With her Stradivarius violin, she performed with veracity and a varied blend of colour and emotion. From start to finish, she uncovered the effort, grace and sensitivity required for any violinist attempting to perform the work, and it definitely didn’t seem straightforward. Shostakovich, himself, didn’t compose the concerto to entertain. Rather his aim was to educate and give a lesson, and a historical message, of the political upheaval in his own country in 1947. Stalin was determined to assert power into every aspect of life in the Soviet Union, including the arts, and for the most part, listeners sense the unsettling feelings; the sadness and internal violence Shostakovich faced, within the score’s writing. Naturally, the work was unheard of until Stalin died, a couple of years after Shostakovich had finished it.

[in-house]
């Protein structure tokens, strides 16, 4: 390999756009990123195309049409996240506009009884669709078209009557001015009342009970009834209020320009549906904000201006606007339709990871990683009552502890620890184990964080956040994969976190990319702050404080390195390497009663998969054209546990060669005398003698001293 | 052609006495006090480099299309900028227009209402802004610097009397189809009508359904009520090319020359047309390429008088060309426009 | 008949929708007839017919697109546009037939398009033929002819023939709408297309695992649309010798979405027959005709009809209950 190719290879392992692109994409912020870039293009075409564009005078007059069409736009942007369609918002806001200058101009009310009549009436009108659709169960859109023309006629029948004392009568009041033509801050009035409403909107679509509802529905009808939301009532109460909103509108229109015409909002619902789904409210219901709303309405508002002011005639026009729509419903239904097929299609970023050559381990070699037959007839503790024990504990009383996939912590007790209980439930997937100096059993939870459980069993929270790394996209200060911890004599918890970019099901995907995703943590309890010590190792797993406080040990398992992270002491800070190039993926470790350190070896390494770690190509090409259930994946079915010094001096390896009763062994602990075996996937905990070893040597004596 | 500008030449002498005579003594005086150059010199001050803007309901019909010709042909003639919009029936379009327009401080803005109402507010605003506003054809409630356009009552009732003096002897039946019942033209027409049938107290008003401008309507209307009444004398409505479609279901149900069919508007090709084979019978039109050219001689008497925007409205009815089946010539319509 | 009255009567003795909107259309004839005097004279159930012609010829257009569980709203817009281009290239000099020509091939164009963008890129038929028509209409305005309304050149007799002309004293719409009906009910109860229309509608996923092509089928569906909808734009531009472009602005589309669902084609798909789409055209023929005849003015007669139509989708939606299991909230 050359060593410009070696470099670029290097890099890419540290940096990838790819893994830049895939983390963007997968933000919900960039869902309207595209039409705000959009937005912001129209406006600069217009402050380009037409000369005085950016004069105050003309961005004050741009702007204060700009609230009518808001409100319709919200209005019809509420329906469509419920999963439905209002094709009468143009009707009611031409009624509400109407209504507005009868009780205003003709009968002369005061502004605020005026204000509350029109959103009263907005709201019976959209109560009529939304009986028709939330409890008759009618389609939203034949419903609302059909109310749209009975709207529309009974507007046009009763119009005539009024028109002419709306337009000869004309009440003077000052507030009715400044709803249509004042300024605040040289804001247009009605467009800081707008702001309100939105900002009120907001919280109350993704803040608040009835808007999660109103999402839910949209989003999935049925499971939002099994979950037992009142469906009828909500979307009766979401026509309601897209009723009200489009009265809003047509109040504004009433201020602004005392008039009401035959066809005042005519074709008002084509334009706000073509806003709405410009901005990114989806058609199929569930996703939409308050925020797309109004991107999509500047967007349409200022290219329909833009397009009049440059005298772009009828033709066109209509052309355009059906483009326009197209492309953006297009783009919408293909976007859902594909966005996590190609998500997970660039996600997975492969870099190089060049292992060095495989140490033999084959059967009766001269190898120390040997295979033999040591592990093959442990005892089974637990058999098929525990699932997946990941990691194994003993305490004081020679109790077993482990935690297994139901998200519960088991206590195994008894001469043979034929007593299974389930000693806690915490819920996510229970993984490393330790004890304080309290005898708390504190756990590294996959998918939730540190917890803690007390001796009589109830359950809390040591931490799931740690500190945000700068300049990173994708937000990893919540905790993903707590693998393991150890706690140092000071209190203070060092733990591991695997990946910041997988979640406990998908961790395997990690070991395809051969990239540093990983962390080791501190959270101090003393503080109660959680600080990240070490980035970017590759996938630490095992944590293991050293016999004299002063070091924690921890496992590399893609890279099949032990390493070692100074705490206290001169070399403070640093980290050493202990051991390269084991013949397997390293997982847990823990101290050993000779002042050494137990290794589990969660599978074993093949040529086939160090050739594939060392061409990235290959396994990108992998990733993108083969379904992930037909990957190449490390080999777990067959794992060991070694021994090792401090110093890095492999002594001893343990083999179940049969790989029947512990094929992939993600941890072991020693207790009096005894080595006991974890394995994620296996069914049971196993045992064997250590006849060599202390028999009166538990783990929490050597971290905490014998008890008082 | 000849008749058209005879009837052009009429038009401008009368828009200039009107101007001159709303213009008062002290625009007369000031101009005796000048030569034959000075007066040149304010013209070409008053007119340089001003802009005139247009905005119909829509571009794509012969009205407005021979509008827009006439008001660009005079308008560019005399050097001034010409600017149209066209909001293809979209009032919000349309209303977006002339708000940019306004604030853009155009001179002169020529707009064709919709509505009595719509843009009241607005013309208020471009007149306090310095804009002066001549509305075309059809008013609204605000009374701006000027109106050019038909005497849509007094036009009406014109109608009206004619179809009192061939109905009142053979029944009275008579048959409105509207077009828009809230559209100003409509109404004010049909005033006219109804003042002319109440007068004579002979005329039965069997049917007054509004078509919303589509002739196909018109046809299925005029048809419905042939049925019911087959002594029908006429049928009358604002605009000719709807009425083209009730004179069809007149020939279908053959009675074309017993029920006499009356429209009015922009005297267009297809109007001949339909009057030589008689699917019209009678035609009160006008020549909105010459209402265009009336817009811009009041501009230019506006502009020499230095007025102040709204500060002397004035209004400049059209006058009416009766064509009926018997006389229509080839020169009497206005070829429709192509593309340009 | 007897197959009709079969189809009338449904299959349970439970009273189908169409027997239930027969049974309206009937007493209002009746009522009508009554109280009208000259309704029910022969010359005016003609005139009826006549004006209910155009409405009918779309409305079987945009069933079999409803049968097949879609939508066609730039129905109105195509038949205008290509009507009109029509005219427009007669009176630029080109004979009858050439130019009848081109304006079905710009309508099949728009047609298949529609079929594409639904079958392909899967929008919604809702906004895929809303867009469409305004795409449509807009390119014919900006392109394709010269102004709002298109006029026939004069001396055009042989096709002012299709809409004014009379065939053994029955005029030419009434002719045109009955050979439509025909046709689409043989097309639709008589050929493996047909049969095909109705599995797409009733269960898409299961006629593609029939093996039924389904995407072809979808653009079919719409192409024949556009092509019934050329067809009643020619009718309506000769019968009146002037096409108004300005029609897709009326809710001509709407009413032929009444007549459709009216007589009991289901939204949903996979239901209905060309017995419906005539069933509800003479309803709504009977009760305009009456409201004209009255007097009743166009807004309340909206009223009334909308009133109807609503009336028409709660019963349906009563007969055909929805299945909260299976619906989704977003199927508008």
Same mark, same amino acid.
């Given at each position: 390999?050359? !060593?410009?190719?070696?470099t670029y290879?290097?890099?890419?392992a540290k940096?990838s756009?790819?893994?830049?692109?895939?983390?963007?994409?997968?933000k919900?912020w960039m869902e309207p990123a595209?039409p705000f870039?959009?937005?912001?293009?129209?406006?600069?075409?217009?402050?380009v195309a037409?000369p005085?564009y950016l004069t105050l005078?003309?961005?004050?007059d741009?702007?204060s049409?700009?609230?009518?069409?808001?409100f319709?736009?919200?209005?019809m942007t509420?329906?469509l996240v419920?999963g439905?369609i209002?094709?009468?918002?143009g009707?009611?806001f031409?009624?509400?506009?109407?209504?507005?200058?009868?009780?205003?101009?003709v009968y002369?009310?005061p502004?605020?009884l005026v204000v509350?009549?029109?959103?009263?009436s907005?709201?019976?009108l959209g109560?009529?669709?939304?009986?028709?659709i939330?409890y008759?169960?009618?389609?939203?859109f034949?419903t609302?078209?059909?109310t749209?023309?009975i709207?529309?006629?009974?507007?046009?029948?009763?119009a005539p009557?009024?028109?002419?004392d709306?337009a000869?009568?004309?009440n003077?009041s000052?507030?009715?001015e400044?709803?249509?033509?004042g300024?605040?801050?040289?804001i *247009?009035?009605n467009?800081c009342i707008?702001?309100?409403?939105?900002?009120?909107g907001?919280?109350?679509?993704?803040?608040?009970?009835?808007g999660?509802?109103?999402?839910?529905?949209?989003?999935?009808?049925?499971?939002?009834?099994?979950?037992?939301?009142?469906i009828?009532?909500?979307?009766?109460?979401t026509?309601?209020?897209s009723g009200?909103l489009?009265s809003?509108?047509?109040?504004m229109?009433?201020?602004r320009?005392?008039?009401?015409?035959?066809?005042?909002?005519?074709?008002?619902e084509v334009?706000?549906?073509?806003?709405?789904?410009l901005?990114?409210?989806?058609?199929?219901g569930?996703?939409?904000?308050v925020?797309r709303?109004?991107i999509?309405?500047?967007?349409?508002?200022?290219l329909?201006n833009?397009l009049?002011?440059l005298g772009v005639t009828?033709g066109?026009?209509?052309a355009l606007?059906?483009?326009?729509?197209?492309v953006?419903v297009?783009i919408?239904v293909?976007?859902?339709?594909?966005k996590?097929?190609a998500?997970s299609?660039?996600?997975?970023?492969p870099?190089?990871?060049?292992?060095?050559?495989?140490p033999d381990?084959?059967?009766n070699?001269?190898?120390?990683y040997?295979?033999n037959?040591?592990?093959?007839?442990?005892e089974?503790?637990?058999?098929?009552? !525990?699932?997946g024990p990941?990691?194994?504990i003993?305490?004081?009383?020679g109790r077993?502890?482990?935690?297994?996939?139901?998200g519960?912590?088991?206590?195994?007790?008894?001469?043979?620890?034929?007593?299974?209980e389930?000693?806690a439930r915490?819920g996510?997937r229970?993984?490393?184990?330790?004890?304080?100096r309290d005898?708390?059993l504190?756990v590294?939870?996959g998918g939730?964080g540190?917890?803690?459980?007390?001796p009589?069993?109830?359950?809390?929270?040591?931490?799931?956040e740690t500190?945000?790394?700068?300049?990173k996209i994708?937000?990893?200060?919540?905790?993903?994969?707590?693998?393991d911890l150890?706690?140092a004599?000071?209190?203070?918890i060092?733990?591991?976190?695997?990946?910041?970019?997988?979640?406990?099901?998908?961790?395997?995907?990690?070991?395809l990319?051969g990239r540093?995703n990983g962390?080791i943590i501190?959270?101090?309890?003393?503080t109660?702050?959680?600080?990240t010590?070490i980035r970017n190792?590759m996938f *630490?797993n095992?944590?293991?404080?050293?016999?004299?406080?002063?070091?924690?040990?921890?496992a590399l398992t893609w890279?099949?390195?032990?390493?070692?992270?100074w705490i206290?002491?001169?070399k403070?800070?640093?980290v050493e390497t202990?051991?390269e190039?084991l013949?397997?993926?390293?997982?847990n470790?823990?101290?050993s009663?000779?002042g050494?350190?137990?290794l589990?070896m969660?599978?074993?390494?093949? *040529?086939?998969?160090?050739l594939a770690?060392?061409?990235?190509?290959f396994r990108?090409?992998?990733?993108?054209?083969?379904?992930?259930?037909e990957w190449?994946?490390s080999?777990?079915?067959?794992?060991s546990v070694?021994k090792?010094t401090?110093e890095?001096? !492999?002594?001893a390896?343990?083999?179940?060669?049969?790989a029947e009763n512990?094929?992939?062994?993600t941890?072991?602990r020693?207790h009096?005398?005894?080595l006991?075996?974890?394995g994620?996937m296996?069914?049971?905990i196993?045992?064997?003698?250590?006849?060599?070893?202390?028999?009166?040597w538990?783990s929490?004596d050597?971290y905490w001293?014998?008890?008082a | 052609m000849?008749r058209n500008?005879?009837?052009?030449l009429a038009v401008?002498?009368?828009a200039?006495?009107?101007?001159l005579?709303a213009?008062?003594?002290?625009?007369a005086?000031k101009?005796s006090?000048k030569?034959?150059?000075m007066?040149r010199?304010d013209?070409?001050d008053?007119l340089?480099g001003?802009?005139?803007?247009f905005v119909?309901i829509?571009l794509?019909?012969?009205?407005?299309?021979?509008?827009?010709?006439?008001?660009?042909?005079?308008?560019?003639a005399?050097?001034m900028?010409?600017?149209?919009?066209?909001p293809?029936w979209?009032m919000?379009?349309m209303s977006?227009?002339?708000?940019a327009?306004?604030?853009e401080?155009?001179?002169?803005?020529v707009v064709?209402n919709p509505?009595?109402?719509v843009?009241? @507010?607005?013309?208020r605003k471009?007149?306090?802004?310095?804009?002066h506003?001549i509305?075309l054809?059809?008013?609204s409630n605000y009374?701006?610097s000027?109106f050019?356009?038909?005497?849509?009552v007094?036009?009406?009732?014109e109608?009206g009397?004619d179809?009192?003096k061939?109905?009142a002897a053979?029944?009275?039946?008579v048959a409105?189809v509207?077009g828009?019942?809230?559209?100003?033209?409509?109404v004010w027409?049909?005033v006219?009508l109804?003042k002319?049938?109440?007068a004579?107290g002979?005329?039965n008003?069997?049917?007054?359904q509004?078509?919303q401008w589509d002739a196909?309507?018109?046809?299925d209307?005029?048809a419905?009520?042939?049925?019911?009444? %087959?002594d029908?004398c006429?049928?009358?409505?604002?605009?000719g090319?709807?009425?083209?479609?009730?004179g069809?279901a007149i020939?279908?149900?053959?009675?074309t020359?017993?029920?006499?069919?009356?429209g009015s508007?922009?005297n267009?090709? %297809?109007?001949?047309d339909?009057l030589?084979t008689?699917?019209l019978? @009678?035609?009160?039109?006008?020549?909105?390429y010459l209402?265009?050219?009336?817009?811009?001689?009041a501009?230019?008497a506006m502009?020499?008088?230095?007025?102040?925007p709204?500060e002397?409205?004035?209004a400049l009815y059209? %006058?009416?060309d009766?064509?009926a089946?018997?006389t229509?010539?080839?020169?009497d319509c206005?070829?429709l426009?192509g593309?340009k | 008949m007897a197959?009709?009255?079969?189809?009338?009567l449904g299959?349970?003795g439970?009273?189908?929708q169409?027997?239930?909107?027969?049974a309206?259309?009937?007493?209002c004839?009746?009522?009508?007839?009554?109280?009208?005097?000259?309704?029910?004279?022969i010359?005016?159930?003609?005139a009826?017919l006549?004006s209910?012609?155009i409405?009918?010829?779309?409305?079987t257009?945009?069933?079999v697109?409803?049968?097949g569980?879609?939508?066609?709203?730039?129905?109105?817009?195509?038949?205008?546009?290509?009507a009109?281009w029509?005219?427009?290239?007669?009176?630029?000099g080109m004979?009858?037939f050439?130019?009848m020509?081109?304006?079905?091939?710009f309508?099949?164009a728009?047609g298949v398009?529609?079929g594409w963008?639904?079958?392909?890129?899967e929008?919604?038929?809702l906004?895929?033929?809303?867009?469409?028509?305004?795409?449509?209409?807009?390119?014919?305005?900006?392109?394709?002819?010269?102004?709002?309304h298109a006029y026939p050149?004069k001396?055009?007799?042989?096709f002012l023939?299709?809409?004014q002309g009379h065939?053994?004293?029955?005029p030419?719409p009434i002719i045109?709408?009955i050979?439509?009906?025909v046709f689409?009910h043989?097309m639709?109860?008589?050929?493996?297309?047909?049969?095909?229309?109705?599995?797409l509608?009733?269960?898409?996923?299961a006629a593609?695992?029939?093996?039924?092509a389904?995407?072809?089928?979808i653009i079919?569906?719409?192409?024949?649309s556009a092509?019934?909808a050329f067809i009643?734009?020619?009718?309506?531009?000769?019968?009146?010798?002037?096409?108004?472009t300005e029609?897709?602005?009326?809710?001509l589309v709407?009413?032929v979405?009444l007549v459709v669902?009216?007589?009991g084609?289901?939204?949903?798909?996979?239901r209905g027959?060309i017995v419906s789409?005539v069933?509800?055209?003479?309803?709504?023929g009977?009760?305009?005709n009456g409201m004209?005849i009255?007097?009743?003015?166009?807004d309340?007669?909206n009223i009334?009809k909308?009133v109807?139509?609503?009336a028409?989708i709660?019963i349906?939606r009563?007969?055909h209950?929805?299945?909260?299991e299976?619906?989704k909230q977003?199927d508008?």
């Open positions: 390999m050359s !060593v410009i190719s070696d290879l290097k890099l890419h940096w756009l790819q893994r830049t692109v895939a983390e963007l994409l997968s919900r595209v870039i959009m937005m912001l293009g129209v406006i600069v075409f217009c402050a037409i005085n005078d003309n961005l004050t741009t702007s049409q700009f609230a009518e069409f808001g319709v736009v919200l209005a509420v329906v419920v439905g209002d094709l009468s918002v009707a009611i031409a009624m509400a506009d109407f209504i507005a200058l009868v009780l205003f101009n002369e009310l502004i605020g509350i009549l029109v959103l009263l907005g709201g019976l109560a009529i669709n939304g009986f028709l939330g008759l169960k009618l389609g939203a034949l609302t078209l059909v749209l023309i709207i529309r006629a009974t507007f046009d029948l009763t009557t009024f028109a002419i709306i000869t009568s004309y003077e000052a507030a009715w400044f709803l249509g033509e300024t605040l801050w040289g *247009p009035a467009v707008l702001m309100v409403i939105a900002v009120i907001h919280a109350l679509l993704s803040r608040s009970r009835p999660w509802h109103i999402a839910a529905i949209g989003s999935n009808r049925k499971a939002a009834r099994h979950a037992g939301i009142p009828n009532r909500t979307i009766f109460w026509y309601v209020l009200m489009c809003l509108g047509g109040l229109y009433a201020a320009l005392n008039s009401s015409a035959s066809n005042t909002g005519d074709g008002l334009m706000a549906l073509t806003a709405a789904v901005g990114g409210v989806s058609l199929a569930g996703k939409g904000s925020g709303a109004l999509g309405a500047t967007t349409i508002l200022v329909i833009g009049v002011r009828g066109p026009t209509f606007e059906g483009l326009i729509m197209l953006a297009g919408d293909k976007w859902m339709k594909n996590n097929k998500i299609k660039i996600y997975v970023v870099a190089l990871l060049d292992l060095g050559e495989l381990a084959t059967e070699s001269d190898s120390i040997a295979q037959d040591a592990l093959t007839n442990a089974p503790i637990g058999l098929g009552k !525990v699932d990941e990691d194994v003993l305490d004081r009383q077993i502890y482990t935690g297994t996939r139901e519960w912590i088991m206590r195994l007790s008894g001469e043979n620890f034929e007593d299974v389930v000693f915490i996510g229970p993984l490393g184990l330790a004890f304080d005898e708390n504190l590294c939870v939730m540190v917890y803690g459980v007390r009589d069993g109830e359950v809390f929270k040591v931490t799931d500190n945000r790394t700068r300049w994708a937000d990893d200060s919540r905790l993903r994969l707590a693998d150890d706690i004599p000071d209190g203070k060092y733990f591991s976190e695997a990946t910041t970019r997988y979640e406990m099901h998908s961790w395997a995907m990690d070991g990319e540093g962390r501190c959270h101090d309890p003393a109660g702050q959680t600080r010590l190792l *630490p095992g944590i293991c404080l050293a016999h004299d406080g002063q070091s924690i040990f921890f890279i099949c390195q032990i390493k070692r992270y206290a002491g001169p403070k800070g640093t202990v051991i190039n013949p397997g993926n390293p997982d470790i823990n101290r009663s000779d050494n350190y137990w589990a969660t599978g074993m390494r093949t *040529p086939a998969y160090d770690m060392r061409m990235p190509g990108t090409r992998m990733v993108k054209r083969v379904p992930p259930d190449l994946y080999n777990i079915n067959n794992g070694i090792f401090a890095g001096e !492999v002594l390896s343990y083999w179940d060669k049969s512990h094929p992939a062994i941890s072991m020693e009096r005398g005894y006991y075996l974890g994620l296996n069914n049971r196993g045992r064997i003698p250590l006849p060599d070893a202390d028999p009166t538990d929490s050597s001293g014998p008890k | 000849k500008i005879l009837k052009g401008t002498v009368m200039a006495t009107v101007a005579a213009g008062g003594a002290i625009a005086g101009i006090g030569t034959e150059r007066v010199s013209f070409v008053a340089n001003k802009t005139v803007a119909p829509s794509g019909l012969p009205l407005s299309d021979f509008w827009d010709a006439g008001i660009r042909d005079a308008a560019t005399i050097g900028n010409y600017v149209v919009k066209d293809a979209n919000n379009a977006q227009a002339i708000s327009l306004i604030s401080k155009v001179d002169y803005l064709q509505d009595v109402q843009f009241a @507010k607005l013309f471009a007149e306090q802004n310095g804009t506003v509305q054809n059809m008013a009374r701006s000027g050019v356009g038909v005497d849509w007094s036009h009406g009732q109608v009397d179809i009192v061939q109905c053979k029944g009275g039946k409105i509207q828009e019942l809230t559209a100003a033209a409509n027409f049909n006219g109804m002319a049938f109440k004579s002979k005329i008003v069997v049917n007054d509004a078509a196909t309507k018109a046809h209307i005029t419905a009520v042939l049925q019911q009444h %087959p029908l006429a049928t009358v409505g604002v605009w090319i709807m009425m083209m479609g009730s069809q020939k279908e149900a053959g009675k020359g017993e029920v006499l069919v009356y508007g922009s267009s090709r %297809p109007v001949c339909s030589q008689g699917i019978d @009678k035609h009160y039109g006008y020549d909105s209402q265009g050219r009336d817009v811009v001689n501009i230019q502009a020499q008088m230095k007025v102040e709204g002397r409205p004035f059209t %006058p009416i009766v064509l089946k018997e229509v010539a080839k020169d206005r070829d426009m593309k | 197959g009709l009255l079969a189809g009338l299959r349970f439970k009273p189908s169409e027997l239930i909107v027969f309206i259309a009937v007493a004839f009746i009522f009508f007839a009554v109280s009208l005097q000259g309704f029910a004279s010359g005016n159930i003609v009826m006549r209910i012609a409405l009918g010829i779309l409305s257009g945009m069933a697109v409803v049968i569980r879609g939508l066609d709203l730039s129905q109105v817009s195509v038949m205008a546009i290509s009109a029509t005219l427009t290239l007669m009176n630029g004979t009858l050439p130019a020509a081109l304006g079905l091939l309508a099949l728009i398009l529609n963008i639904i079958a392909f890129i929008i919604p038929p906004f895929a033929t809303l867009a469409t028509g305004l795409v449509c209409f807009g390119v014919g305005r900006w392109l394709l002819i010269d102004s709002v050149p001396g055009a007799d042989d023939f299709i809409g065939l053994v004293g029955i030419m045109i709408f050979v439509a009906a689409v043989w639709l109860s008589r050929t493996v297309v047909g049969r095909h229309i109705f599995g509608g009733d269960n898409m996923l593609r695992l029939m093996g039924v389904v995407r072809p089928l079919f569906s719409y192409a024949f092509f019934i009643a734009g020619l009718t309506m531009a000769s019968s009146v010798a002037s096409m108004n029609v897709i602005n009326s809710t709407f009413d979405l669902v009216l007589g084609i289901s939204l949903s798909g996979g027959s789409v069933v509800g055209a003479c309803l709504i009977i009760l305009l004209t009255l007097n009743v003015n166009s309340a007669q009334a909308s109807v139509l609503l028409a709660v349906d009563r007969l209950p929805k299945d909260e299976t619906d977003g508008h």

Welcome to the BBC Proms 2017. Marking their 90th anniversary, the Proms continues to pursue Henry Wood’s founding principles and present classical music to the widest possible audience with celebrated international artists, orchestras and conductors. The annual summer festival has its devoted followers and ‘prommers’ rounding up early in the afternoon, just before the big event. And with standing tickets worth £6 only, who could blame them.